Woman, the ultimate multi-tasker!
Women nowadays have to perform many roles in managing kids, preparing food for their family, housekeeping, managing their office work, and the list goes on… With such a hectic schedule, they usually end up completely neglecting themselves, which in turn affects their health badly. Hence taking care of their health is highly necessary, and to do this, they need to shift their focus to something which absolutely cannot be neglected – NUTRITION.
Macronutrients vs. Micronutrients
There are seven major classes of nutrients, like carbohydrates, fats, fiber, minerals, protein, vitamins, and water. These nutrients are classified as macronutrients (needed in relatively large amounts) or micronutrients (needed in smaller quantities). The major macronutrients are carbohydrates, fats, fiber, proteins, and water. The micronutrients are minerals and vitamins. On a daily basis, women get most of the macronutrients from their meals, but the ones that get neglected most in the entire fray are the micronutrients.
More about micronutrients
To repeat, micronutrients are those nutrients which we require in relatively small quantities. They are vitamins and minerals, and we require them in milligram and microgram amounts. Vitamins are carbon-containing molecules and are classified as either water-soluble or fat-soluble. Minerals can be classified into Major and Trace minerals –
- Water soluble vitamins: Vitamin B1, Vitamin B2, Vitamin B6, Vitamin B12, Vitamin C, Folate, and Niacin
- Fat soluble vitamins: Vitamin A, D, E and K
- Major minerals: calcium, magnesium, phosphorus, potassium, chlorides, and sulphur.
- Trace minerals like iron, copper, zinc, manganese, fluoride, selenium, and cobalt.
Common Diseases related to nutrition deficiency in women
1) Anaemia: Iron deficiency is the culprit here. Anaemia is particularly common in women, in fact the most common deficiency in the world, affecting about 1 billion people. Iron is important because it helps carry oxygen to your muscles and to the brain. Population from regions where malaria and intestinal parasitic infestation are prevalent, women of child-bearing age, and young children are most vulnerable to Anaemia.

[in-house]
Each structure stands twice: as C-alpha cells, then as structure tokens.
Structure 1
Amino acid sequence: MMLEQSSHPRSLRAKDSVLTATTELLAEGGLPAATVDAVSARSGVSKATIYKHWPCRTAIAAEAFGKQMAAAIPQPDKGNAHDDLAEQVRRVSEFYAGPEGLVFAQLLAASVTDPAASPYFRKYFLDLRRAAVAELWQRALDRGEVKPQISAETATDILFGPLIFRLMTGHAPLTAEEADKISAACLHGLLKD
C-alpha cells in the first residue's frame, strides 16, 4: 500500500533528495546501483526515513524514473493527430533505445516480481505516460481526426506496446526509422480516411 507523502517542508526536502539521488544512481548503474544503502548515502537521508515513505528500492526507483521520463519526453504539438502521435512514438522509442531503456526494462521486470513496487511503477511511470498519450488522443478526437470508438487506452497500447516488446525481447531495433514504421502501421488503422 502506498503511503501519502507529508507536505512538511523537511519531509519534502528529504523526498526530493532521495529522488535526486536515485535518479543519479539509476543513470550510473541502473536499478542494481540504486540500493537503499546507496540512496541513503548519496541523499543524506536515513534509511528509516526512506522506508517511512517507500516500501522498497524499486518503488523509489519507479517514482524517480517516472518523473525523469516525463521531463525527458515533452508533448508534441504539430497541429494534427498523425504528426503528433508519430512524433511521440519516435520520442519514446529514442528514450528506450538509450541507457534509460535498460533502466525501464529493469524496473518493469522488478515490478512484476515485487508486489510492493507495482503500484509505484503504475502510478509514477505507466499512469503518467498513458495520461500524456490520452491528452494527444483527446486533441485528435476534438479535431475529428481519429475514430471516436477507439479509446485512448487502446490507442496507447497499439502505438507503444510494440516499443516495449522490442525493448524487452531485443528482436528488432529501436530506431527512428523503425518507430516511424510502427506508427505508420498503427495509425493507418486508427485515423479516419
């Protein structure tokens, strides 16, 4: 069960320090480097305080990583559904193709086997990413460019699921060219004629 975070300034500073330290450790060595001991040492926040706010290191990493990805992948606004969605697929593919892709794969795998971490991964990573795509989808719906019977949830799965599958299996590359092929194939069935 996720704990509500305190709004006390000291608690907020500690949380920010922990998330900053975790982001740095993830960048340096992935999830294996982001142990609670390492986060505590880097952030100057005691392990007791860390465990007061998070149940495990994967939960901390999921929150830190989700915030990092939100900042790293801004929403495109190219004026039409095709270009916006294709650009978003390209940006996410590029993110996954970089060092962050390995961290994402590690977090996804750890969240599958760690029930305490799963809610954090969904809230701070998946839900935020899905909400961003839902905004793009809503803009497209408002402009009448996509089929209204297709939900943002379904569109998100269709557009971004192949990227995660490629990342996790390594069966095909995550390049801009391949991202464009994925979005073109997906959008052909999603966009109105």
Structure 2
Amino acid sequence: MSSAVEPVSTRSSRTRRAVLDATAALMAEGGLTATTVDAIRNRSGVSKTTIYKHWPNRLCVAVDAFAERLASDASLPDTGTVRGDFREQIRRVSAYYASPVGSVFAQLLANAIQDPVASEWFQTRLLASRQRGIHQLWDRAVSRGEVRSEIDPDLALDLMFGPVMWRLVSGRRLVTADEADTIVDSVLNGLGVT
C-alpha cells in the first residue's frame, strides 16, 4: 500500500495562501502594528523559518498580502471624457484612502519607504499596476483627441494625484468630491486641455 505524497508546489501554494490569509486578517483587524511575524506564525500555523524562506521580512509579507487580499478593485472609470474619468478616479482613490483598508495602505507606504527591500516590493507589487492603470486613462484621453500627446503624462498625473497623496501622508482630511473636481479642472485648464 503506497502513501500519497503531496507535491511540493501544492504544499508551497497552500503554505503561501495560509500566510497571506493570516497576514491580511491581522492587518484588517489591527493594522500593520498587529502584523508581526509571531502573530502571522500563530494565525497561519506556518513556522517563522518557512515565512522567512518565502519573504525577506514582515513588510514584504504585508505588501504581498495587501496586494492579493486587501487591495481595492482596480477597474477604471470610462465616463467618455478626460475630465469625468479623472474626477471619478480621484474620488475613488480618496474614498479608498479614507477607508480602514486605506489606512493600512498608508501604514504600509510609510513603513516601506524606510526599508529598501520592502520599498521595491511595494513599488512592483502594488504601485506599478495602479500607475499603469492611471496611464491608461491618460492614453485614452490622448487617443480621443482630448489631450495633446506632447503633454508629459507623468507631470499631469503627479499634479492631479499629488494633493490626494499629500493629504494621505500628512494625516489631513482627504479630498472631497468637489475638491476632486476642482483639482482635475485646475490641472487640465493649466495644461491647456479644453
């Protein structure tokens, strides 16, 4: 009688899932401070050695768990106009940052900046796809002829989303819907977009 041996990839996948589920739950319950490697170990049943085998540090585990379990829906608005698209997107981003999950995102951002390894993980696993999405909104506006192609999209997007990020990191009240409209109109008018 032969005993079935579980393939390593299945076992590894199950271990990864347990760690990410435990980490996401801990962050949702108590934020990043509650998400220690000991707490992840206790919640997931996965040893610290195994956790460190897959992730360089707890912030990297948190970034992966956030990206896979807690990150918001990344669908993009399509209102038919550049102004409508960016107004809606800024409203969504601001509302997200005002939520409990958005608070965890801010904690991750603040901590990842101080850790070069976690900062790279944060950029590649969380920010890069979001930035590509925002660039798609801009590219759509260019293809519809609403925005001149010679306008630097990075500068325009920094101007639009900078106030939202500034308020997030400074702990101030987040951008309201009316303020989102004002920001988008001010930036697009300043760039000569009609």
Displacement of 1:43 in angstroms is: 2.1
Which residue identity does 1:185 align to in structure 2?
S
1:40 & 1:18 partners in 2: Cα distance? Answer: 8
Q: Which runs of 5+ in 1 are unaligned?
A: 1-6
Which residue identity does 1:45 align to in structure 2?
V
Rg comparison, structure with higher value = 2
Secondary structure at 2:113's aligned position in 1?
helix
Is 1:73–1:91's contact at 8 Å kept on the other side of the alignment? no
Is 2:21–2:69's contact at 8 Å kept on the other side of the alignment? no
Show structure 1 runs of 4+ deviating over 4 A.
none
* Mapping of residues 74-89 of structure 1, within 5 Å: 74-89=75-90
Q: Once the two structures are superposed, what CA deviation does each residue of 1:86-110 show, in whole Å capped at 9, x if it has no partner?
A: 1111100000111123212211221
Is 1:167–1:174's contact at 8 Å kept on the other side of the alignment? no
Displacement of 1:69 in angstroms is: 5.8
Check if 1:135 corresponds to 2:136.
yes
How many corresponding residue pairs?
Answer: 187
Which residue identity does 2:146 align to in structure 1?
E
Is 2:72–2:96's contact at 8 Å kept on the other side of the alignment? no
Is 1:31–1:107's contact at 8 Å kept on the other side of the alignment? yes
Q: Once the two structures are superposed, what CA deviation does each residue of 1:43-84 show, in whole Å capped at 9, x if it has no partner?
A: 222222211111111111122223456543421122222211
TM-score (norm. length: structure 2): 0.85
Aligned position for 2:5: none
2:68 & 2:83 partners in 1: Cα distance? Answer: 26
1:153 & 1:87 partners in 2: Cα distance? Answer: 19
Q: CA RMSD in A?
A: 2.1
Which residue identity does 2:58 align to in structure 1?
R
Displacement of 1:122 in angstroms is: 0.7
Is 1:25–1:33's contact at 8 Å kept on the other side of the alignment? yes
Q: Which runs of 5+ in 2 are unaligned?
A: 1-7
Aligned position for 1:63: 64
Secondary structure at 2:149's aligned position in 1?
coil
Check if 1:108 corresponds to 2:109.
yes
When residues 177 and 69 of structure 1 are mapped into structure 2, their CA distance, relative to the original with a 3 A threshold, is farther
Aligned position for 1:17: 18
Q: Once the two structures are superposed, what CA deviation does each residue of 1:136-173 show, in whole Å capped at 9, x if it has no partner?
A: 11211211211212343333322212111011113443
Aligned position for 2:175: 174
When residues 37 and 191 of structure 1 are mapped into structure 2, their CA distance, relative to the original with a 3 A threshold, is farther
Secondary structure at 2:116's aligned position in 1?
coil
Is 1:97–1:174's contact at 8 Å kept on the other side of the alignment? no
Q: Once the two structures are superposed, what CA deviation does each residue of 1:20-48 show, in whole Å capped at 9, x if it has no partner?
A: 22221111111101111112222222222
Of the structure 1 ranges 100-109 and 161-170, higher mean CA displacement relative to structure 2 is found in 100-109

Preventive Measures: Try not to consume ‘iron blockers’ like tea, coffee, and milk for one hour before and one hour after eating an iron-rich meal, you can increase iron absorption of these foods by combining them with food that are good source of vitamin C, such as strawberries, citrus fruits, and tomatoes. Eat iron-rich vegetables like cowpeas, spinach, millet, beans, pulses, pumpkin seeds, beef, liver, lamb, or chicken.
Dietary requirement of iron: 16.3 mg/day in children and teens aged 12–19 years, 17.0–18.9 mg/day in women older than 19.
2) Goitre and Cretinism: This occurs because of Iodine deficiency. Iodine is an essential mineral for normal thyroid function and the production of thyroid hormones. Thyroid hormones are involved in many processes in the body, such as growth, brain development and bone maintenance. They also regulate the metabolic rate. Iodine deficiency is one of the most common nutrient deficiencies in the world. It affects nearly one-third of the world’s population.
Population from mountainous areas where there is limited access to seafoods and iodised salt are at risk. Goitre is highest in adolescent girls.
Preventive Measures: Purchase packaged iodized salt, store packaged iodized salt faraway from heat and from moisture, add salt before serving food, and include items like seaweed, fish, dairy (yogurt), eggs etc.
Dietary requirement of iodine: 150 micrograms (mcg) per day for adult and women, 220 mcg for pregnant women and 290 mcg for lactating/breastfeeding women.
3) Osteoporosis: Calcium and Vitamin D deficiency causes it. Calcium is essential for every cell. It mineralizes bones and teeth, especially during times of rapid growth. It is also very important for the maintenance of bones. The calcium concentration in the blood is tightly regulated, and any excess is stored in bones. If there is a lack of calcium in the diet, calcium is released from the bones. Also, calcium plays a role as a signaling molecule in the body. With a lack of enough calcium, our heart, muscles, and nerves would not be able to function.